Share page: 
For survivor, build is part of the healing process
Mitch Albright at 'Extreme Makeover: Home Edition'

For survivor, build is part of the healing process

For tornado survivor and PSU student Mitch Albright, being able to help with construction of new houses in Joplin is not only an honor, but also part of a healing process.

"If you have a cell phone, call your parents. It's coming straight for us!"

Those chilling words from his boss still rattle around in Mitch Albright's head. A 22-year-old Pittsburg State University construction management major, Albright was a new employee at Academy Sports in Joplin when the tornado ripped through the city on May 22.

As the skies grew dark and angry, Albright sought shelter in the back of the store with co-workers and shoppers.

"I thought it was over for me," Albright said.

Albright survived the tornado and today he is rebuilding his own life. He says being one of more than 150 PSU students helping build seven houses in seven days for "Extreme Makeover: Home Edition" is part of that healing process. Albright joined about 50 other students who worked overnight Wednesday and Thursday morning to take part in the Tyvek wrap of the homes.

"It's an amazing feeling knowing I can finally give back," he said. "Like all of the construction management students, it's incredible to be here. But personally, it's just an honor for me to do this."

Like many of the tornado survivors, Albright sometimes struggles to retell his story.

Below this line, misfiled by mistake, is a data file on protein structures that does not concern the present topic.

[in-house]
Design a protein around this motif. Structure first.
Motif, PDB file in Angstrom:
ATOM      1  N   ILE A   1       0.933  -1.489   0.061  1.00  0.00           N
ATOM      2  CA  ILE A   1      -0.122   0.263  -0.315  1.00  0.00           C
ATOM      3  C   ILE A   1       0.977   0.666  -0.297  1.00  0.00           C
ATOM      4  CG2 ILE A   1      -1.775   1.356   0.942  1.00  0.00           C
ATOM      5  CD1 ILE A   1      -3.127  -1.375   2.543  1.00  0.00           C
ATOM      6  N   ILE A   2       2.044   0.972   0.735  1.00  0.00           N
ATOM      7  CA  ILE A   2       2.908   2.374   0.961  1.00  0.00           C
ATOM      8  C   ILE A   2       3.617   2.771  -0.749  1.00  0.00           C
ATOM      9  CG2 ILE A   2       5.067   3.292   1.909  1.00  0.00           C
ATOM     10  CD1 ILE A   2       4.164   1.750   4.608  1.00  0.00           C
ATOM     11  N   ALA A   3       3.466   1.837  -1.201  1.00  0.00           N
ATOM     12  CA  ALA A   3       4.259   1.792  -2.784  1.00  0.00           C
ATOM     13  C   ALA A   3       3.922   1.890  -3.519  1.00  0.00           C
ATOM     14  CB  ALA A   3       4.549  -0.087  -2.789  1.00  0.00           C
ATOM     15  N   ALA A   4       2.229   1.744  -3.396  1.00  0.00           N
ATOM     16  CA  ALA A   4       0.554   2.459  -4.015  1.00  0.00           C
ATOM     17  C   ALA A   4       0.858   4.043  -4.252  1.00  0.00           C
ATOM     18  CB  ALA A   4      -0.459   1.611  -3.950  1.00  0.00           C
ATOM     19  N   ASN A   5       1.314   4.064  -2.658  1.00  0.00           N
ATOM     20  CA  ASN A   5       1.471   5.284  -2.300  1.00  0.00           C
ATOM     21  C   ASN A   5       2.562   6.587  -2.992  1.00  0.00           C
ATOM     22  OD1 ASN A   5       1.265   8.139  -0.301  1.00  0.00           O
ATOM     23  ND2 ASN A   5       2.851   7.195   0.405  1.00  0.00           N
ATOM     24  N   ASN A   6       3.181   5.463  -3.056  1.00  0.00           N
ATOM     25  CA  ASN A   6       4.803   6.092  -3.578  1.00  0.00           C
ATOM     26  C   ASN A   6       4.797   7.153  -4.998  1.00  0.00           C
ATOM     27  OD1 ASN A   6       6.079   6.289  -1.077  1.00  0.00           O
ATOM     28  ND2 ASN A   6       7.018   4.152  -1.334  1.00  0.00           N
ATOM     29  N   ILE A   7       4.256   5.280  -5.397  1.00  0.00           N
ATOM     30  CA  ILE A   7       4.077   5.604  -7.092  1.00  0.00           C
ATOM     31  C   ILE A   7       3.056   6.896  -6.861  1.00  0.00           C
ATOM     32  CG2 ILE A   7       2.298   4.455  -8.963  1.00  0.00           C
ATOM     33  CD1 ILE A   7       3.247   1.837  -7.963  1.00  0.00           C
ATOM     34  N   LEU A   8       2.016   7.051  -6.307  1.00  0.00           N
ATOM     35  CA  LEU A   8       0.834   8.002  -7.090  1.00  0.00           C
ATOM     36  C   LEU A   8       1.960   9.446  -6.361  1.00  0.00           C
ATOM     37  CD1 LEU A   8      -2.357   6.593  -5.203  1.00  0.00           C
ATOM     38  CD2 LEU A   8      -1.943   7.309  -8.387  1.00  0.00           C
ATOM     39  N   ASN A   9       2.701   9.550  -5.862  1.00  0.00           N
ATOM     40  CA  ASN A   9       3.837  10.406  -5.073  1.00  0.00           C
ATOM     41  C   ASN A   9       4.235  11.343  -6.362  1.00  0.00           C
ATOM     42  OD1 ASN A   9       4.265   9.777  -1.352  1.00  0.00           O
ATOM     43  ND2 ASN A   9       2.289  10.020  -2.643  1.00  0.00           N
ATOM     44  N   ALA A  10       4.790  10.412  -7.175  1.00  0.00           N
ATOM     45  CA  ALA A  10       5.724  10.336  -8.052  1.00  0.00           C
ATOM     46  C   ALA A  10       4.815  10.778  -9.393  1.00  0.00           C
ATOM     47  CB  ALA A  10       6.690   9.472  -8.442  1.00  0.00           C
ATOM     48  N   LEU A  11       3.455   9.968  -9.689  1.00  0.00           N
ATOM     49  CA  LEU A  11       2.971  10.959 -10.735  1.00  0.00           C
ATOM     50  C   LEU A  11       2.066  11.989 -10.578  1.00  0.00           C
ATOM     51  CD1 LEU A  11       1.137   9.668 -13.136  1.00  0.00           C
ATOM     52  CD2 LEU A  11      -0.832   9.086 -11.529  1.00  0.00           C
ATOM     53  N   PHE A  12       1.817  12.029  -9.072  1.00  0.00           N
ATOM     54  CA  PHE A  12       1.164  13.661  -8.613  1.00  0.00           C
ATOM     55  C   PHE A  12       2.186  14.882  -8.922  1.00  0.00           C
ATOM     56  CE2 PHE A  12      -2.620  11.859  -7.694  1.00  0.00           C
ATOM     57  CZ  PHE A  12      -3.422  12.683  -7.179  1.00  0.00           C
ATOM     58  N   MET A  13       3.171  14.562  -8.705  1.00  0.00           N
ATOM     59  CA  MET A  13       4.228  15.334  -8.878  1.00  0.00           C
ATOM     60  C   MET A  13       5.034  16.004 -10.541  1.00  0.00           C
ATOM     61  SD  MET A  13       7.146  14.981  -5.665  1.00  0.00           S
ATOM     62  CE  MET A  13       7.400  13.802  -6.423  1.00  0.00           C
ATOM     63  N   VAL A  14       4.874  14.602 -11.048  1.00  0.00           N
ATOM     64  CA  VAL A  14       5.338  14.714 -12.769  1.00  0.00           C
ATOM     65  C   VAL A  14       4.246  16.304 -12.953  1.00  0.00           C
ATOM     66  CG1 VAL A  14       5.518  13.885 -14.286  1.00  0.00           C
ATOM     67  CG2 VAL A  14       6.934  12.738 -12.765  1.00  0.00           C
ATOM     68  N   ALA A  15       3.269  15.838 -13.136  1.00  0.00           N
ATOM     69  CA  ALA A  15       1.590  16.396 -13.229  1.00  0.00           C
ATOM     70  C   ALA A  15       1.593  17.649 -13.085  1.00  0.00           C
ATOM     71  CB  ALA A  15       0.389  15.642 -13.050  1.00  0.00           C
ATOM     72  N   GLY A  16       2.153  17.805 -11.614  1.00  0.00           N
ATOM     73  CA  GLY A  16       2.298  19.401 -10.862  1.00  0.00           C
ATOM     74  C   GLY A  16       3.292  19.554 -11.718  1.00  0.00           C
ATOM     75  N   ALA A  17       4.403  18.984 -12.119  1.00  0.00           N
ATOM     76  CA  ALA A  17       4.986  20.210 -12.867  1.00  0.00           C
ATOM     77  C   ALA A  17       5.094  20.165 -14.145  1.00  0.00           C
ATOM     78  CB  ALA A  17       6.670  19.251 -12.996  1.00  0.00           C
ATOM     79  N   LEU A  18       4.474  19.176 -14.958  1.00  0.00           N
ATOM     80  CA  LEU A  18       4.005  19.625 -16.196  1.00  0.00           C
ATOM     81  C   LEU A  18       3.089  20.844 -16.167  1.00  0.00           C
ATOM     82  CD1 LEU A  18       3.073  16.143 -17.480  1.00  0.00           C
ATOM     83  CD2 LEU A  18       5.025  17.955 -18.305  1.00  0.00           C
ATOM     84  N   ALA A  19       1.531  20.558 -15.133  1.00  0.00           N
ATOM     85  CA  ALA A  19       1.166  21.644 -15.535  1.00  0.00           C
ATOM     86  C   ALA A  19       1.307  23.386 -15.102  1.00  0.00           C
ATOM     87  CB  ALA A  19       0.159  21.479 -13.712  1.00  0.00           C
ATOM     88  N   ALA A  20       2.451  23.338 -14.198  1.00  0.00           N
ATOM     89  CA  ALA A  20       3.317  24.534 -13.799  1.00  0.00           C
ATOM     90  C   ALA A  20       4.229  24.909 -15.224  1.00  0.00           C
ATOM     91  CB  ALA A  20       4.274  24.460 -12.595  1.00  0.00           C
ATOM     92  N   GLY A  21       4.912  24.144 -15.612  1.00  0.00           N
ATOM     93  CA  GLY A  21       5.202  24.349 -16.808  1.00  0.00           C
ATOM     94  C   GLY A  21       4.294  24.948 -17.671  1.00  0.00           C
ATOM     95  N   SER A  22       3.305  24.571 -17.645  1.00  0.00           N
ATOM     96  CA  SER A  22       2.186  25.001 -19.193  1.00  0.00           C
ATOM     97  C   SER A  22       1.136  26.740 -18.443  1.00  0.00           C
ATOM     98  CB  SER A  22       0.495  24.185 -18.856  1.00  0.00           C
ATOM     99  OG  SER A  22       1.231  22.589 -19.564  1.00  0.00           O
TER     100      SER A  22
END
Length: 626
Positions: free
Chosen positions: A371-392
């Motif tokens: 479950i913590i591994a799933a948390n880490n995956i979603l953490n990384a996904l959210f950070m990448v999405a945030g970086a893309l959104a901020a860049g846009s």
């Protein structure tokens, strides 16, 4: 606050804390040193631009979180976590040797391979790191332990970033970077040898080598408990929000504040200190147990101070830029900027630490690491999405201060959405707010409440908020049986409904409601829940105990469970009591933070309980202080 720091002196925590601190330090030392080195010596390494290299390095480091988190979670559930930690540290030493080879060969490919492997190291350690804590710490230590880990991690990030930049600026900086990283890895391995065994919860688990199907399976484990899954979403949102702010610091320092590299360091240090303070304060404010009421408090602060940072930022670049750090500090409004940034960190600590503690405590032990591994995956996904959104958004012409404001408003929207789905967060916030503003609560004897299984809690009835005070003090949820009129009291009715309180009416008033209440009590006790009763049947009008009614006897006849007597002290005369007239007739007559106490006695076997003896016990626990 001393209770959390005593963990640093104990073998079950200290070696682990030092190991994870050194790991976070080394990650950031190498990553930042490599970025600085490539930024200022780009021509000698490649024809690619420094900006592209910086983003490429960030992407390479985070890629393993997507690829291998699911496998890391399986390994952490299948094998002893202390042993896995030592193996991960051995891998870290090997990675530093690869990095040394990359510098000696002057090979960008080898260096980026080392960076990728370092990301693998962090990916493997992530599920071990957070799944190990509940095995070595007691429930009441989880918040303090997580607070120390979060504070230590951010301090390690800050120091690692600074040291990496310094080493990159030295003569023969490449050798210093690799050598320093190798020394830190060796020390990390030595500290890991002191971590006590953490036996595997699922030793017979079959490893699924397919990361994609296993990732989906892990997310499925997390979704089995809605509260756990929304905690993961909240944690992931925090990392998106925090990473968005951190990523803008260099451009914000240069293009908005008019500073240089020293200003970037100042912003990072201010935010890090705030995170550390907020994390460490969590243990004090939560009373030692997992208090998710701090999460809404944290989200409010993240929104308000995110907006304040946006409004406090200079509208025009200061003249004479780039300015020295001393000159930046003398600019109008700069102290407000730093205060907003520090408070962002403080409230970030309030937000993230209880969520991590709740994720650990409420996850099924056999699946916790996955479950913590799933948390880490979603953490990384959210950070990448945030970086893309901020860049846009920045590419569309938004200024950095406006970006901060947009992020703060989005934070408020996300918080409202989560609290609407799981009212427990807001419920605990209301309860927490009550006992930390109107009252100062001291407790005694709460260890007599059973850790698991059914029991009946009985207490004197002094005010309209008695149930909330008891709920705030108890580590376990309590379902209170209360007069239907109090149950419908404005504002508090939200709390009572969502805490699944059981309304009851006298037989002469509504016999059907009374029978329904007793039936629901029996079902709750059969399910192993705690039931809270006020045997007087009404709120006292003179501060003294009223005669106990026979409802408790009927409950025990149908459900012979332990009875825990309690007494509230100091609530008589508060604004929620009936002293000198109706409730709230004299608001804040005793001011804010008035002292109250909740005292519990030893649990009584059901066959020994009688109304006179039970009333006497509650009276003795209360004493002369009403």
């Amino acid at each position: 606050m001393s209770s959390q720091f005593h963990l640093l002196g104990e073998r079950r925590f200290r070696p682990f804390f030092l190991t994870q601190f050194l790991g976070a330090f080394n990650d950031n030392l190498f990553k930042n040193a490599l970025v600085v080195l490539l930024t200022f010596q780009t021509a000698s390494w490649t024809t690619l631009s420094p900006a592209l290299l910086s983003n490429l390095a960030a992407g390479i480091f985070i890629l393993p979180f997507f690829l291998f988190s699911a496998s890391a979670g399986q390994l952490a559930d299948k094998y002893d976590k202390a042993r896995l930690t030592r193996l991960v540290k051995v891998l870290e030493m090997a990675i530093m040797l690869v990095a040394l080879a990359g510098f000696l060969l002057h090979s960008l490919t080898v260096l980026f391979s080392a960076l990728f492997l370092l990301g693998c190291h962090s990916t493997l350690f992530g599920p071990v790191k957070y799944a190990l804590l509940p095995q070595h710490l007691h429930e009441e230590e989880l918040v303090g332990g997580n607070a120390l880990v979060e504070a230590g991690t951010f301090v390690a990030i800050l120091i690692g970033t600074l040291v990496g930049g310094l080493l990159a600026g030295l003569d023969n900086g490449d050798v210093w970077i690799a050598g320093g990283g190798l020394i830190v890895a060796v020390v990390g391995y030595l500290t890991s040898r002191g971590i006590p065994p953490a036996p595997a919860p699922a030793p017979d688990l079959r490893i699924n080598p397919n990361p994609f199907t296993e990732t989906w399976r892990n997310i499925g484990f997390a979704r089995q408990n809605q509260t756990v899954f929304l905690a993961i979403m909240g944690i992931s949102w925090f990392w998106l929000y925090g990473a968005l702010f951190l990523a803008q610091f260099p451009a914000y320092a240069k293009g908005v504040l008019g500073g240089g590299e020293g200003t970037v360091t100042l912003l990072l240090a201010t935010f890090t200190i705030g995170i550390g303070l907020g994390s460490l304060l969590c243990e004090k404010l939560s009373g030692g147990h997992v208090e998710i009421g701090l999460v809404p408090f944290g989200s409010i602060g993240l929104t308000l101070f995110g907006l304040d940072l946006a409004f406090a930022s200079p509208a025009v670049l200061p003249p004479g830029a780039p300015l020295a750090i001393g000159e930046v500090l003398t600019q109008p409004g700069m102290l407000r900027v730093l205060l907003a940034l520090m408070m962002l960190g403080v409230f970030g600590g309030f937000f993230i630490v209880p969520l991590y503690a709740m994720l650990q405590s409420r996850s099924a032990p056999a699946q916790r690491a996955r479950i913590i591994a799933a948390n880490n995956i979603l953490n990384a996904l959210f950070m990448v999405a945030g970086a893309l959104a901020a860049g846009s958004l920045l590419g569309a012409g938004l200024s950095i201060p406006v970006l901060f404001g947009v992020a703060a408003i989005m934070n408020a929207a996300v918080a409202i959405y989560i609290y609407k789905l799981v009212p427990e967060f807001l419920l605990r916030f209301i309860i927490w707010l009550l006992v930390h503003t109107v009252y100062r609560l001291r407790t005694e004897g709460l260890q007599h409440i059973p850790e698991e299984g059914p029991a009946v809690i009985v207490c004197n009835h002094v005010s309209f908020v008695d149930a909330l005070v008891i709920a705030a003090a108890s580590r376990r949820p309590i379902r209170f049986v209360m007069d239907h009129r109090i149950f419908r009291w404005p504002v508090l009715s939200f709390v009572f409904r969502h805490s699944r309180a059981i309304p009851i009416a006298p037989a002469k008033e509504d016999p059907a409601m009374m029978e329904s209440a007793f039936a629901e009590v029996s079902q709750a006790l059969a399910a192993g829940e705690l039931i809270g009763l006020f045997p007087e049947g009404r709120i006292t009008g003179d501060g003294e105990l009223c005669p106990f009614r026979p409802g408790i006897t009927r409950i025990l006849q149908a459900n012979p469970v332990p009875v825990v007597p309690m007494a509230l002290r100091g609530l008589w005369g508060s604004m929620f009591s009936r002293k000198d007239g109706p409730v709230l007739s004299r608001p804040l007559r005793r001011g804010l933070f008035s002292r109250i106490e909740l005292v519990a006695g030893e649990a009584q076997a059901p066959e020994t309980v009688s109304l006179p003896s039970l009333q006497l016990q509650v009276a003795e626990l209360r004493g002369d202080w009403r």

"Of course my cell phone was dead," Albright said. "Our boss told us the storm had touched down a few miles from us and that we were in its path."

About 50 people were scattered at the back of the store in the break room and back hallway. A few had taken shelter in the restrooms, including a mother and her young child. Albright was in the hallway and as he crouched down to cover his head, the freight-train sounds of the deadly tornado filled his ears.

As the rain and hail pelted down and the air pressure fluctuated, the building began shaking. Pipes burst and objects started flying. Albright caught a large ceiling tile and used it for cover. A big metal door on the back of the building blew off its hinges. In the midst of the tornado's howl, Albright could hear the screams of the people next to him. The storm chewed up the roof and the rain poured in.

"You're listening to the panicking and screaming and you're thinking it's the end," Albright said. "Nothing in the world can prepare you for that."

In a few moments that felt like hours, the storm died down. Albright climbed from the rubble to an unbelievable landscape. Eventually, he ended up in an emergency triage area in Memorial Hall where he borrowed a phone to call his parents in Galena. While he waited for them to arrive, he tried to help the wounded as they arrived by directing them toward medical help.

"That was shocking to me," said Albright, who walked out of Academy with no serious injuries. Eyes tearing, he said he felt helpless as he witnessed the severely injured arrive in the beds of pickup trucks.  "That's what got to me the most. It was the hardest thing, knowing I couldn't do anything to help them."

Ironically, the tornado helped Albright choose his current career path. A cousin had been talking to him about his success working in the field of construction, which led Albright to think about pursuing a degree in construction management. After surviving the May 22 tornado, his mind was settled. Albright transferred to PSU this fall.





Share this story

heading image heading image heading image